Custody and Visitation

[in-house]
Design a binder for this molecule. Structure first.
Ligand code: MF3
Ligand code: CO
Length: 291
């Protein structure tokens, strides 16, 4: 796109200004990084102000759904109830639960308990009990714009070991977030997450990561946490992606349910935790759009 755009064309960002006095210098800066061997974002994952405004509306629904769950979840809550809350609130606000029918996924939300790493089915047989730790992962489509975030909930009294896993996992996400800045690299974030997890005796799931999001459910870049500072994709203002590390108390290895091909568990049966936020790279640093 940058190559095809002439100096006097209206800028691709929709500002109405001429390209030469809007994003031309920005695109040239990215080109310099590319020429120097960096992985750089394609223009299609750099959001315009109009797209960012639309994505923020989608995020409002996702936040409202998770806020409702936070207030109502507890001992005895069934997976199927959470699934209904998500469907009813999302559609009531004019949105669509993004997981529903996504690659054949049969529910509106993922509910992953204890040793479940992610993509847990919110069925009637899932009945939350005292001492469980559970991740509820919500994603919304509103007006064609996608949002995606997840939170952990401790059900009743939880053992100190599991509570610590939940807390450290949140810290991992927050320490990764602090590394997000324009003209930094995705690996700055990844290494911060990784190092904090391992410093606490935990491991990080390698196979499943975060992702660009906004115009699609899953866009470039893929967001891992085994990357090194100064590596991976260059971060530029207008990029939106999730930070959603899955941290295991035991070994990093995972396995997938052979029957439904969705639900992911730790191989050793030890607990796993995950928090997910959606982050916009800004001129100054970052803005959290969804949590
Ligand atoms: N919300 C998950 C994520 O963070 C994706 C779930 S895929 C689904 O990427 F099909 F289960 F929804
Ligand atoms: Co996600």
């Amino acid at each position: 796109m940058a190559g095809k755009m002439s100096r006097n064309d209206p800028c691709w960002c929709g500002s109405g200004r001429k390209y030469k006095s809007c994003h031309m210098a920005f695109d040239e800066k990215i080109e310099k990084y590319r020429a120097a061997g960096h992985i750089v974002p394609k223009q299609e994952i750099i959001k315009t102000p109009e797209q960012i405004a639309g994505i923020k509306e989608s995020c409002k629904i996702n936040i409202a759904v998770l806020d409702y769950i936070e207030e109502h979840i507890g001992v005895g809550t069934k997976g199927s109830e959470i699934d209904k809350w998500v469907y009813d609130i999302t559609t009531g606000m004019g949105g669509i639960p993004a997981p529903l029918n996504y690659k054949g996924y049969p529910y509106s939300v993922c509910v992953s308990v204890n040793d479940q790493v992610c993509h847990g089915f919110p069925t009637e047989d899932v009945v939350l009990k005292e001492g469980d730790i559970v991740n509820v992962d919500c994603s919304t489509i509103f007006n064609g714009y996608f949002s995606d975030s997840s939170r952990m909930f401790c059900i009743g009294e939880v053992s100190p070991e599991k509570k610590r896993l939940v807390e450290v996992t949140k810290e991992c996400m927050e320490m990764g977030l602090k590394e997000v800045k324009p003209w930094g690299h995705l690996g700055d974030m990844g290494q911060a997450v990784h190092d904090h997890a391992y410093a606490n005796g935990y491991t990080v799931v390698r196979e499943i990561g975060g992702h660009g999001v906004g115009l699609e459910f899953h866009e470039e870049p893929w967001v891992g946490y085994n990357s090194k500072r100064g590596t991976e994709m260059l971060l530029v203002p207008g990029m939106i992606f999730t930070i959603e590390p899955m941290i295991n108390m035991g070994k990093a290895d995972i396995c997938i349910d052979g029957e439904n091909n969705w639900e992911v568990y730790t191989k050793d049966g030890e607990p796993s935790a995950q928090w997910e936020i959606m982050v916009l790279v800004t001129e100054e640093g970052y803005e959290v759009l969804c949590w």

Joseph and Frank were domestic partners who began living together. They entered into a surrogacy contract with Joseph’s sister (Renee) to have a child genetically related to both of them. In February 2010, she gave birth to twins. Joseph and Frank shared parenting duties, but Joseph did not legally adopt the children. The mother also frequently saw the children. In May 2014, Frank suddenly refused to allow Joseph or Renee to have any access to the children and moved to Florida. He did not inform either one and commenced a petition for custody. Renee then petitioned for custody and Joseph petitioned to be appointed guardian of the children. Frank also petitioned for custody and permission to relocate to Florida. The Family Court determined that Joseph had standing to seek custody. Frank appealed. While Frank’s appeal was pending, the Court of Appeals held in the Matter of Brooke S.B. v Elizabeth A.C.C. that where a partner to a biological parent shows by clear and convincing evidence that the parties agreed to conceive a child and raise a child together, the non-biological, non-adoptive parent had standing to seek visitation and custody under DRL section 70. The matter was remitted to the Family Court for a full hearing on the custody petition, after which the Family Court granted Joseph’s petition for custody and denied Frank’s application. Frank then filed an appeal and the Second Department upheld the Family Court’s determination. Frank’s refusal to allow Joseph any contact with the children and relocation to Florida without informing Joseph constituted willful interference with the relationship between the children and Joseph, such that it was inconsistent with the best interest of the children.